The Fundamentals of Forgiveness: What Forgiveness Is and Is Not
Forgiveness is one of the most important things you will ever do in your life. It is the process that will restore you to one of the deepest truths you can recognize: You have always been whole. Absolute forgiveness is a state in which we perceive, beyond a doubt, that there is nothing to forgive. When we are filled with love and gratitude for everything that has led to this moment, we have an instinctive understanding that there are no mistakes. We develop deep self-compassion and a limitless sense of love. We come to see that, had we not had the experiences that impacted us (even leaving scars in their wake), we would not be who we are today.
Unfortunately, for most of us, forgiveness remains a choice we do not make, because the dominant culture does not understand what it is, or what it entails. In fact, society expects us to not forgive. The world has fallen into a collective trance that believes that if we heal, we are advocating our perpetrators’ harmful actions or we are indifferent to justice. Not only do we have to overcome our own resistance to letting go of judgment and cultivating empathy, but we also have to subjugate the social pressure of going against the norm.
It is so important to understand what forgiveness isn’t, because these misunderstandings are our primary source of opposition to healing. The more clarity we have, the easier the process becomes and the more willing we are to take on the work of forgiveness.
First of all, let’s delineate what forgiveness is not:
- Condoning unfair or unacceptable behavior
- Injustice, or letting someone off the hook
- A sign of weakness
- Simply moving on
- Trust, or reconciliation
- A request from another person, or a negotiation
- Inherently religious
Let’s talk about a few of these. One of the biggest misunderstandings I’ve encountered is this idea that if we forgive someone, we are condoning their harmful behavior. So let me just say: If it caused harm, it is not okay—period.
In fact, forgiveness is an act of self-empowerment because it removes us from the circumstances and paradigms that allowed us to be harmed, to begin with. Through the forgiveness process, we become even more present and aware of how our experiences impacted and continue to impact us. We learn to honor what happened, and how it left its mark. As we learn to love and accept ourselves as we are, we intuitively create boundaries that reflect this love. We are able to make bolder, better choices. We free ourselves from the filters we create in the present moment, which leads us to see the world more clearly. That clarity empowers us to respond to the world more accurately and to express ourselves with integrity.
Forgiveness is also not explicitly about trust or reconciliation. We may rightly never trust someone who has caused us harm, and nor might we wish to have a relationship with them—but we can still forgive. The Buddha made a distinction between forgiveness and reconciliation that is helpful to note. He said that reconciliation is much more difficult than forgiveness and is not always possible. However, forgiveness is always possible. Trust and reconciliation require something from others. They demand an understanding and belief that the people who harmed us will behave differently. And, often, trust and reconciliation ask for compromise. What we know to be right and true may very well not be what others believe to be so.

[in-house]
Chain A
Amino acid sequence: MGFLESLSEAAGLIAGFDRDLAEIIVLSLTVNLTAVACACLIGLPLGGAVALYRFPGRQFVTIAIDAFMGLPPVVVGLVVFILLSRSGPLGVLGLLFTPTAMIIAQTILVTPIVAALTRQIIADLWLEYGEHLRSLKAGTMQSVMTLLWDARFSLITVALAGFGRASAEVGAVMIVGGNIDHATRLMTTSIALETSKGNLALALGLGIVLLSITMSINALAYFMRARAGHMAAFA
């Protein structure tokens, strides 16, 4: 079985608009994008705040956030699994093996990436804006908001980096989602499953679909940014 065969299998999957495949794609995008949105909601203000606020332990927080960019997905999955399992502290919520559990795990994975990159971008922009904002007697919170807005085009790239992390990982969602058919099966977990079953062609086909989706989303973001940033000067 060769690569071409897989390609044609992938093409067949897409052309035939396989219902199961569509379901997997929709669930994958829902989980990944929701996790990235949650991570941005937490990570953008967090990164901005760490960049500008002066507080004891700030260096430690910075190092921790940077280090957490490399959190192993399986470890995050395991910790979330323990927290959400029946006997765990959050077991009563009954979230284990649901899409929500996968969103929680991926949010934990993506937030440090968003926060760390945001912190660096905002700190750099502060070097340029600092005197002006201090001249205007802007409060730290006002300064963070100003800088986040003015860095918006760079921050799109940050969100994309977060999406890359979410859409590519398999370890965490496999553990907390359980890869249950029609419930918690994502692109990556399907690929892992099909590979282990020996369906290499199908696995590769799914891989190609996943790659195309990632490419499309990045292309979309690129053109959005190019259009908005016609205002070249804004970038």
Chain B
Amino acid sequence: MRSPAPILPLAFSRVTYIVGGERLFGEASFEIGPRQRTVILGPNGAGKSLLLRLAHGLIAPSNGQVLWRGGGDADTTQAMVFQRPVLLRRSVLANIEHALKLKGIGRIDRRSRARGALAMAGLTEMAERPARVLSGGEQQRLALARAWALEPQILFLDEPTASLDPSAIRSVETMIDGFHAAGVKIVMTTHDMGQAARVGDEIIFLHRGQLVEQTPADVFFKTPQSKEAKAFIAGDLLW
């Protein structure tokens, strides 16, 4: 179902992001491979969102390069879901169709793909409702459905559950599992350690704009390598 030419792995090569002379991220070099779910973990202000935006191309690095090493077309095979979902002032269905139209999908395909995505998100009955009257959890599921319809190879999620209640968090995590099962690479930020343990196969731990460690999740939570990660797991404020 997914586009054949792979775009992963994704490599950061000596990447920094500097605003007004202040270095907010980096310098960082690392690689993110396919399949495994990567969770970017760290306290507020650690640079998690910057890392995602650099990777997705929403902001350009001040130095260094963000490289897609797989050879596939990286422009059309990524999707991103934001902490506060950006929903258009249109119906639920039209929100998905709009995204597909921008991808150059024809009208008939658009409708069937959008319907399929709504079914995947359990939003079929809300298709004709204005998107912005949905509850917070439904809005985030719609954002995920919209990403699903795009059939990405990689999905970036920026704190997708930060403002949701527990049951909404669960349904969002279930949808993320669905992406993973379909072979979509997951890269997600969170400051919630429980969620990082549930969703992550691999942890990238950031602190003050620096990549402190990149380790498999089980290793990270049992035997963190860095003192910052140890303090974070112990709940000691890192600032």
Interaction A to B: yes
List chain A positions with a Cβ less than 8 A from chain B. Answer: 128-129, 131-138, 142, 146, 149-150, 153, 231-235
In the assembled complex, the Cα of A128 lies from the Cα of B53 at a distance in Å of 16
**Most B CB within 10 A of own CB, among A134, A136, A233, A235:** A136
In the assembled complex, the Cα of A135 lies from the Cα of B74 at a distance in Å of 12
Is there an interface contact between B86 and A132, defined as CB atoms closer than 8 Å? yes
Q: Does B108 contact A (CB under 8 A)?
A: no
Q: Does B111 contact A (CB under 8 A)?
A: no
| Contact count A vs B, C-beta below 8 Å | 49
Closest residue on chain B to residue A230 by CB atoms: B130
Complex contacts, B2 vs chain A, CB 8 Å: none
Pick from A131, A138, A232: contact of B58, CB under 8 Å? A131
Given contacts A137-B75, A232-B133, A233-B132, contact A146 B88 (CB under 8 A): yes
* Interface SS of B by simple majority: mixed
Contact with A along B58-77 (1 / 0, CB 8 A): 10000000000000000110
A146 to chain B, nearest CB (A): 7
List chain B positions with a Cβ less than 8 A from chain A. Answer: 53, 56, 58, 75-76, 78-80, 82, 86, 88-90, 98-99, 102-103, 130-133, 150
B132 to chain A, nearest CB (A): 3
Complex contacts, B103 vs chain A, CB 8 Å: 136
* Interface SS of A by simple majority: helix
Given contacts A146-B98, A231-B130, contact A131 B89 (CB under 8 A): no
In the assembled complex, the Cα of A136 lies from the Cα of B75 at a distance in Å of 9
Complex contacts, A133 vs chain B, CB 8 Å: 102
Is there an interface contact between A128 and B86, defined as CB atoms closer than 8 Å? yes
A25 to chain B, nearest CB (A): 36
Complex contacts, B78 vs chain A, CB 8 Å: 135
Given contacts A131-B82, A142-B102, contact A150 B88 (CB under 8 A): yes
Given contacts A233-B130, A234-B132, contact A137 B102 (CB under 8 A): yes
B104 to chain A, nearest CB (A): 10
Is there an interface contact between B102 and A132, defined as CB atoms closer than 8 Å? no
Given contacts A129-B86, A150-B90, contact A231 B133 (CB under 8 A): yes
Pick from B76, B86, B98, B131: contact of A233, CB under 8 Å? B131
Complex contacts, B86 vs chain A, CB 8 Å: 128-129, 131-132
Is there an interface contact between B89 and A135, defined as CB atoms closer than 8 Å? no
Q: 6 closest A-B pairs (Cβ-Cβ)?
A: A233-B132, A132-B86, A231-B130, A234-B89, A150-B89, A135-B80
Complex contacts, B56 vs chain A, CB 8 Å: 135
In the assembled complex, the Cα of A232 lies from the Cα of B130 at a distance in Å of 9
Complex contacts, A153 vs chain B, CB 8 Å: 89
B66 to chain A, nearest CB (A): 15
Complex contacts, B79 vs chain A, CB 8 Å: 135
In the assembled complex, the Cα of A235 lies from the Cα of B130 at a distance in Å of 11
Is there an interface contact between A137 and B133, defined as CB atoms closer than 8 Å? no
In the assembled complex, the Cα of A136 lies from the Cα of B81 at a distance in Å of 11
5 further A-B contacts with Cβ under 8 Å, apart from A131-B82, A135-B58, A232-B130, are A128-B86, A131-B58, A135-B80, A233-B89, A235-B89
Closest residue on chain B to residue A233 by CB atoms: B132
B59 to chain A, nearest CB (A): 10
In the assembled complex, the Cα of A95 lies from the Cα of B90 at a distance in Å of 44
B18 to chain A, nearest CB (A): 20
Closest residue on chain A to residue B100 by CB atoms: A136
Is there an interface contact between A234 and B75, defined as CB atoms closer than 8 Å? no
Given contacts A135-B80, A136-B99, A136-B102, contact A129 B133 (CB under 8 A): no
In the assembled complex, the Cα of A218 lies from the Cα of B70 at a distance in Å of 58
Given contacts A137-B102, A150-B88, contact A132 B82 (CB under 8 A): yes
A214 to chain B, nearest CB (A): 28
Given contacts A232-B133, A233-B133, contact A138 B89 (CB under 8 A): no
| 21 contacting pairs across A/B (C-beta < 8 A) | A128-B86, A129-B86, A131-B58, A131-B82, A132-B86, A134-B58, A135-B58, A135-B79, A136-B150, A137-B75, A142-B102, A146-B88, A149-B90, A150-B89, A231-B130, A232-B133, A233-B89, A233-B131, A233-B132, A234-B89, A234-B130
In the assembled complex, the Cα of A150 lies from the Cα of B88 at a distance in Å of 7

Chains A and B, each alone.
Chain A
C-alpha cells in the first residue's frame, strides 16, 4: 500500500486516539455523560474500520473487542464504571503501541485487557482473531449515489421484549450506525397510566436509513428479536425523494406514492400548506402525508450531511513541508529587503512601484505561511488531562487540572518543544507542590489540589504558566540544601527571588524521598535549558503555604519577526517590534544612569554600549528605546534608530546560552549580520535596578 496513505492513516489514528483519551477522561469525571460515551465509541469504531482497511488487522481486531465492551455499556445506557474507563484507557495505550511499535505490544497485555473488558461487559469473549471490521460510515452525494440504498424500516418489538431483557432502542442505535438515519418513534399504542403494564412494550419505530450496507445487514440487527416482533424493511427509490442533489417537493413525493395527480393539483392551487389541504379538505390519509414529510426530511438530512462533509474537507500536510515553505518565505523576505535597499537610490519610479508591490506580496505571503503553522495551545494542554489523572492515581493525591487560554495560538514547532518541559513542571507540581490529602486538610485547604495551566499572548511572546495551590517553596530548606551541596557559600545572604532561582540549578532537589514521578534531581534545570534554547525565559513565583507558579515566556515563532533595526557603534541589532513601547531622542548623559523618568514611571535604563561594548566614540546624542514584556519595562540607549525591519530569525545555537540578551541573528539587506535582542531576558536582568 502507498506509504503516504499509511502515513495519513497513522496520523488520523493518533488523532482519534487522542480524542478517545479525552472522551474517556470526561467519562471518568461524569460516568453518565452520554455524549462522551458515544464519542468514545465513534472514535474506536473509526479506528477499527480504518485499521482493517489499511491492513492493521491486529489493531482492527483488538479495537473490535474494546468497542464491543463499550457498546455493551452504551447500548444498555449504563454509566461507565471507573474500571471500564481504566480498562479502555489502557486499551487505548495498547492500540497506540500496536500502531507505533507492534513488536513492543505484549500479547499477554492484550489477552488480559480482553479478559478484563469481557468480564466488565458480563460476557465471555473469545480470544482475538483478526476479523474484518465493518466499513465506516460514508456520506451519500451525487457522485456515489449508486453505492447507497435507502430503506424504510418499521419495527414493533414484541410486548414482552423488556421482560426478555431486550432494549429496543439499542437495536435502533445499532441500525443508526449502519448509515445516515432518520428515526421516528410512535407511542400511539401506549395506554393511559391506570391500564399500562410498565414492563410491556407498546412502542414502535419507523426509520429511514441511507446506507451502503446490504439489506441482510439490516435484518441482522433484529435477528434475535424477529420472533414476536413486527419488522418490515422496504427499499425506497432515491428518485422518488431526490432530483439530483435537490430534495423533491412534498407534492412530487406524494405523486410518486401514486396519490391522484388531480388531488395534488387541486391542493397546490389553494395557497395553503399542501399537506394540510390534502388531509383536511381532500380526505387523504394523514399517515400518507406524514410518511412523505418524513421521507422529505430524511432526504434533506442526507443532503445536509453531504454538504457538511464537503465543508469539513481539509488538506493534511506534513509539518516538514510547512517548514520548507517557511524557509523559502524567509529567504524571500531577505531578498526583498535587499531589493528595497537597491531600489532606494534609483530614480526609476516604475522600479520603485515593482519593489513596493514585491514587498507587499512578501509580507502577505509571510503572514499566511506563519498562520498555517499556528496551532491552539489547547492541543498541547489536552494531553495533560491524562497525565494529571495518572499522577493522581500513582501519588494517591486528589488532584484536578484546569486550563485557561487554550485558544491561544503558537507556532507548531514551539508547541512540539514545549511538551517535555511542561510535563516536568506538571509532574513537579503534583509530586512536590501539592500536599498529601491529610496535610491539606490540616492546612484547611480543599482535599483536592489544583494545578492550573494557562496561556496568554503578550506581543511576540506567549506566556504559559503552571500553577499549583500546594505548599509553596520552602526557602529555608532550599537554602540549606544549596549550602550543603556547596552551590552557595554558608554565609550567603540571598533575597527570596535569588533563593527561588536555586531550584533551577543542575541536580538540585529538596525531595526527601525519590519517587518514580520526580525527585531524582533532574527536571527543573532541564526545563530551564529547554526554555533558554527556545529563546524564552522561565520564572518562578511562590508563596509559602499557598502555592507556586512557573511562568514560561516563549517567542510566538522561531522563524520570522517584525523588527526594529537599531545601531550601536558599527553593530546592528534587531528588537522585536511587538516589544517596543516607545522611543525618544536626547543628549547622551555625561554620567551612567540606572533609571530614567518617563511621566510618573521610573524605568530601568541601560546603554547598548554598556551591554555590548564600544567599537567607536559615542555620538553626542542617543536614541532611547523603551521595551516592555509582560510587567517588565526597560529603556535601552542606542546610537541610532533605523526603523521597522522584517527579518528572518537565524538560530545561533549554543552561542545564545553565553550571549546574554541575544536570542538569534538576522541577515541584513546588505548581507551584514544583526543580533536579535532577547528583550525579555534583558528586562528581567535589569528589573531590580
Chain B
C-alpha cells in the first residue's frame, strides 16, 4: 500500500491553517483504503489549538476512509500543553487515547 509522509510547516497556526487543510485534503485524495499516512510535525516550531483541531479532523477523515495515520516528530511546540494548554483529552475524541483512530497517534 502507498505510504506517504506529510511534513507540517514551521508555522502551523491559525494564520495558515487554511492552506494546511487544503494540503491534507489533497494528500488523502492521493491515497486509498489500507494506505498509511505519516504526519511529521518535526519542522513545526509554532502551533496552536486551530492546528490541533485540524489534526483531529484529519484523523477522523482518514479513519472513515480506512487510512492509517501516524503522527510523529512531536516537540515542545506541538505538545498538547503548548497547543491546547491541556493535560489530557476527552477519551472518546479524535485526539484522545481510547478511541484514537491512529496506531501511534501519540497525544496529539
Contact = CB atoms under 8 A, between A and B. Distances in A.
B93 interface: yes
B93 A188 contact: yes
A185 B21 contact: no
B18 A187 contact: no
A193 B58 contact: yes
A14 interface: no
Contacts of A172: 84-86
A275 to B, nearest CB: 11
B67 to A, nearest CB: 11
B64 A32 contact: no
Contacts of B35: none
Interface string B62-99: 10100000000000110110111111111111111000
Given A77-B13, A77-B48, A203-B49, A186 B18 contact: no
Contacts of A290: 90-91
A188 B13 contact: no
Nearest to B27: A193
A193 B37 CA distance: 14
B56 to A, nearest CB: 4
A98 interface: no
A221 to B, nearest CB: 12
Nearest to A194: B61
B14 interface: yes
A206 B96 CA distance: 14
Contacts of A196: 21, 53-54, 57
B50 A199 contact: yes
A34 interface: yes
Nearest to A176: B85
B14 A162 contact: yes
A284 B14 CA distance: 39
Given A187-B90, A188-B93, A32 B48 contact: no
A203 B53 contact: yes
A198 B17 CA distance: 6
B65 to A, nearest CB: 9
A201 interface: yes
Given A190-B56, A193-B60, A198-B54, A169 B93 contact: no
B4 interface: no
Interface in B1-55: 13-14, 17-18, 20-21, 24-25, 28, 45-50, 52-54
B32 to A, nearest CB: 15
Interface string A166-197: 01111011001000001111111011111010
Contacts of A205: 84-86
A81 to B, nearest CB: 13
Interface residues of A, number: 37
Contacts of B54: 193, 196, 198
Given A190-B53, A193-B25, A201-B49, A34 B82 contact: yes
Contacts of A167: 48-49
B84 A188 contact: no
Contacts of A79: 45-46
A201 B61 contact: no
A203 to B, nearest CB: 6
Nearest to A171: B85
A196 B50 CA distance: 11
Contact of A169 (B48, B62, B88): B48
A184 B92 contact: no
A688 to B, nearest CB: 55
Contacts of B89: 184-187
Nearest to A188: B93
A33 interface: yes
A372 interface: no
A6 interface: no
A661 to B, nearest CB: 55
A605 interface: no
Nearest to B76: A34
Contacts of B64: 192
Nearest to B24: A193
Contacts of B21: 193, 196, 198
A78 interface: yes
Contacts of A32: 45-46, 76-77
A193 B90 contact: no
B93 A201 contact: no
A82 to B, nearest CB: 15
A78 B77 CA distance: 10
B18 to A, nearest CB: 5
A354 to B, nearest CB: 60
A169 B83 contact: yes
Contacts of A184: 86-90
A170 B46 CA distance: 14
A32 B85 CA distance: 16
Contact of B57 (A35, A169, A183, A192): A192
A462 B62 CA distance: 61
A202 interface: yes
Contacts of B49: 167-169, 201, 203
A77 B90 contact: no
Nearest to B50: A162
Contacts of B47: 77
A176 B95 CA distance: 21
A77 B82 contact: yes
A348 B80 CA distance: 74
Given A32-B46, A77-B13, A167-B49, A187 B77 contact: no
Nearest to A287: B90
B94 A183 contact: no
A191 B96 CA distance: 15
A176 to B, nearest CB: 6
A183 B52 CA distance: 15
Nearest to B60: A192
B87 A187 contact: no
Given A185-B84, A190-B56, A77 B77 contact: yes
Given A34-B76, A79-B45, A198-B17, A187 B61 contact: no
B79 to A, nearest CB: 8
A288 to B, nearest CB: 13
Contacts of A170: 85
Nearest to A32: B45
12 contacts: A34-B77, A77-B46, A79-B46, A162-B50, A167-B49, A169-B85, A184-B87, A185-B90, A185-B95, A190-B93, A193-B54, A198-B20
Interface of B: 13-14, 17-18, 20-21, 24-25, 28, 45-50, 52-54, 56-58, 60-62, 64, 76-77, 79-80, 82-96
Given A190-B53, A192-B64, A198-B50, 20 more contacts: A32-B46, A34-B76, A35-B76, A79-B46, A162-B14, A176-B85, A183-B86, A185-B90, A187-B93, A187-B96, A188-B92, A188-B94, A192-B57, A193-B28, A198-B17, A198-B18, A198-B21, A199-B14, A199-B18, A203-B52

Because forgiveness is an inside job, it doesn’t require negotiation with anything outside of ourselves. We don’t need other people’s buy-in or even their genuine remorse in order to forgive. It is, of course, up to each of us to decide what we feel we need to move forward, but that is a choice. If you are choosing to demand something from the world that you may never get, you are actively choosing to not forgive.
Often, our judgments and perceived desire for a gesture of remorse are not about what happened in the past—but about what is happening today. We want things to be different—to be “right.” So, we hold onto resentment, hoping we can cajole those around us into falling in line. For me, this was perhaps the most powerful realization when forgiving my mother. I wanted so badly to prove to the world that she was wrong and I was right. I almost died trying to prove the point, in fact. When I accepted that my mother would never become the person I thought she should be—and never express to me her remorse for the impact of her choices I perceived in my life—I became free to move forward.
And something miraculous happened when I did this: Suddenly, what I was so sure of for so many years seemed irrelevant. Suddenly, with a healed heart, I saw her as exactly who she was always meant to be. And I finally felt free from the torment of giving my power away to another human being, which always leads to suffering no matter how perfect they may seem today. I was free. In this way, although there is a collective or communal benefit to forgiveness, it is first and foremost about our freedom; we embolden ourselves when we recognize that the other person has nothing to do with our healing and need not be an active participant in our evolution.
The journey of forgiveness leads you toward a full expression of who you are—who you were always meant to be—and it will be challenging. It will require releasing some, or all, of your past ideas about forgiveness, even if you think you’ve already done the heavy lifting. This means you must begin with a clear understanding and faith that the result will be worth the effort. It requires a determination that will transform your very idea of who you are, and what you are capable of.